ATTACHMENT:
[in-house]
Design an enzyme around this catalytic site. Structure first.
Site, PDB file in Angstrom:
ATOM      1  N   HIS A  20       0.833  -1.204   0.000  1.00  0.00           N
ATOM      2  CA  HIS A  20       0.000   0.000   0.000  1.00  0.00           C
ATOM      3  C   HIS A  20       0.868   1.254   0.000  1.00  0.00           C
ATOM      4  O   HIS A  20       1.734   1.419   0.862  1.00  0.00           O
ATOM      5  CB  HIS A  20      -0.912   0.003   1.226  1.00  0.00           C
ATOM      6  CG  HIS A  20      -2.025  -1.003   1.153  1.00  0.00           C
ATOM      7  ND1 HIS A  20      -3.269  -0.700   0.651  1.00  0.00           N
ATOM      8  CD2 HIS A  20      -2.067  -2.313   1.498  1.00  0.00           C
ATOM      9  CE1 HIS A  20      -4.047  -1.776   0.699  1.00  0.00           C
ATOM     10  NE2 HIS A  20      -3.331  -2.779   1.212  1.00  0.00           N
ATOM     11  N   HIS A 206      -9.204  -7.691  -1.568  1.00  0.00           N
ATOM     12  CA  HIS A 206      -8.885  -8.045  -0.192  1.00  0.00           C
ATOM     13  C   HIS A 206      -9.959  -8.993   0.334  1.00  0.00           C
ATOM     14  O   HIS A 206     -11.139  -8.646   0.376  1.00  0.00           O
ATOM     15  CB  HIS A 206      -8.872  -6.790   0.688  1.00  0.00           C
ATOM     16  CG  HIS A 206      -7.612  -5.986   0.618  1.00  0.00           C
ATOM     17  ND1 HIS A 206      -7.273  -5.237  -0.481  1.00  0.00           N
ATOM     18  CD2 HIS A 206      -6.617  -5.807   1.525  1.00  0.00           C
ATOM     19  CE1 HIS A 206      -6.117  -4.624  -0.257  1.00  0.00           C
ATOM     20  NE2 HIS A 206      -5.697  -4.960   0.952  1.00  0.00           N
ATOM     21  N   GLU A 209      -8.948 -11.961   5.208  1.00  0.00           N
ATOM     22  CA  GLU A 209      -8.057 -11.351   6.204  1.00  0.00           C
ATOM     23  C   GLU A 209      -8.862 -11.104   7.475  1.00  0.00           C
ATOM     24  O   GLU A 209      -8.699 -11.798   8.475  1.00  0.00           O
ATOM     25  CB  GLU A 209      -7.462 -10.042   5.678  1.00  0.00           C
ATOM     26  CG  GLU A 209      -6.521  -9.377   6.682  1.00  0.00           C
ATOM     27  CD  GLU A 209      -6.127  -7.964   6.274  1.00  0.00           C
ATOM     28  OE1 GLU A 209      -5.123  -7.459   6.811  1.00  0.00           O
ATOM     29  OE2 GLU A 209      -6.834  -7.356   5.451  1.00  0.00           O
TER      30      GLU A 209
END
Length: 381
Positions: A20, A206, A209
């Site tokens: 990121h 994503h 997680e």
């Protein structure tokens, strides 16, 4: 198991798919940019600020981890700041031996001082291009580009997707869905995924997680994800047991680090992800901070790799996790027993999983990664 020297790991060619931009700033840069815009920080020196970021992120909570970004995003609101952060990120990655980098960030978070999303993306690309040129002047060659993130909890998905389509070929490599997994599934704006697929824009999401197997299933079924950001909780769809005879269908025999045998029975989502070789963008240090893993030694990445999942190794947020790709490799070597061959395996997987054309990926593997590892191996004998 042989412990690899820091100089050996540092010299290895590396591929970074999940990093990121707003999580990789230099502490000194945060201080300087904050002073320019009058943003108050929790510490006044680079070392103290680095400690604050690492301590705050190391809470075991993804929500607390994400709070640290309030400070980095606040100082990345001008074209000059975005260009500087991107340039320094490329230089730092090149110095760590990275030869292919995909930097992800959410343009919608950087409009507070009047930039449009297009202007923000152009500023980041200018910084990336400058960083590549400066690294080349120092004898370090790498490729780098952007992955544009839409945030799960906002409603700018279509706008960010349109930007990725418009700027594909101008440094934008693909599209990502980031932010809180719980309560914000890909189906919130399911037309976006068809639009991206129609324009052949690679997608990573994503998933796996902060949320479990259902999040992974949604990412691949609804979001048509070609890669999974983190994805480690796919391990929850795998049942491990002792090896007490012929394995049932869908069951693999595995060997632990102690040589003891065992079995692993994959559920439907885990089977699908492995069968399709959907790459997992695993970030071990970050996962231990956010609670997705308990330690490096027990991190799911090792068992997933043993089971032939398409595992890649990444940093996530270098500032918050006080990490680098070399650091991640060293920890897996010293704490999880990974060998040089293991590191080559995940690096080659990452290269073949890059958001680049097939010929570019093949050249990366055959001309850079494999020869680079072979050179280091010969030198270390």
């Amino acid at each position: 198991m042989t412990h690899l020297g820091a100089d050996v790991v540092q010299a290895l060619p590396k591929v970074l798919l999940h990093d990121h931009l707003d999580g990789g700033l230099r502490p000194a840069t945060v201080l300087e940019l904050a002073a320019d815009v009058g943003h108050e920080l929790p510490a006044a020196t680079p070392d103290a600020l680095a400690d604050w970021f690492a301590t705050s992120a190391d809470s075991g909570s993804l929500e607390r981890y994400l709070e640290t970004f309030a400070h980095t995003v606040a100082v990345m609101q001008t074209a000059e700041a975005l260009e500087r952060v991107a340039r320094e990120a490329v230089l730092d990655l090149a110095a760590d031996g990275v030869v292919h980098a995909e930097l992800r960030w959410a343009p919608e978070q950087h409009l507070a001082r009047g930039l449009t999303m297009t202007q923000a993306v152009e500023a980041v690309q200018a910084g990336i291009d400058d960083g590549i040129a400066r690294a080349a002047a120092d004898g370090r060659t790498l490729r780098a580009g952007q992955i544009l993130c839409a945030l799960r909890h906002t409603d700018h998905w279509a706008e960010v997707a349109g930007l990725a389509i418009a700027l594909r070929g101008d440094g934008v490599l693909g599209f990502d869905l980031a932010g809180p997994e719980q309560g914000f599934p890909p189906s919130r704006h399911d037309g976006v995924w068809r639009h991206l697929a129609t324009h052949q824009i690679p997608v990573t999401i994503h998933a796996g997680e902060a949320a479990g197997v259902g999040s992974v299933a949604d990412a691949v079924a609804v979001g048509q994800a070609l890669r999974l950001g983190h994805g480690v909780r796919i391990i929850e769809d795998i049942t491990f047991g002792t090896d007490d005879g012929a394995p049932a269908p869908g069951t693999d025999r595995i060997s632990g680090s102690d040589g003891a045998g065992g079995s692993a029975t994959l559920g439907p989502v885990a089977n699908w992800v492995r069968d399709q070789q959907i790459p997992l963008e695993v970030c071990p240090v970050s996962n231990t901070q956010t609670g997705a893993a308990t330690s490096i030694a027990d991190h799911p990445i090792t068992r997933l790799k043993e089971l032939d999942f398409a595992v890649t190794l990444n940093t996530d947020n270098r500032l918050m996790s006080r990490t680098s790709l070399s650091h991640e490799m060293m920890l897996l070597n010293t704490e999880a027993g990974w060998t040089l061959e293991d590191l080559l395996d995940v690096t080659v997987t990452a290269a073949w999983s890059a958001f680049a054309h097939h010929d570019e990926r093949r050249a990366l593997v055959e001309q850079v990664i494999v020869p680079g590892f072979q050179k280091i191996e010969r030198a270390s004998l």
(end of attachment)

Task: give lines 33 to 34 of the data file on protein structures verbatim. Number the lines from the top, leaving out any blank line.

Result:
TER      30      GLU A 209
END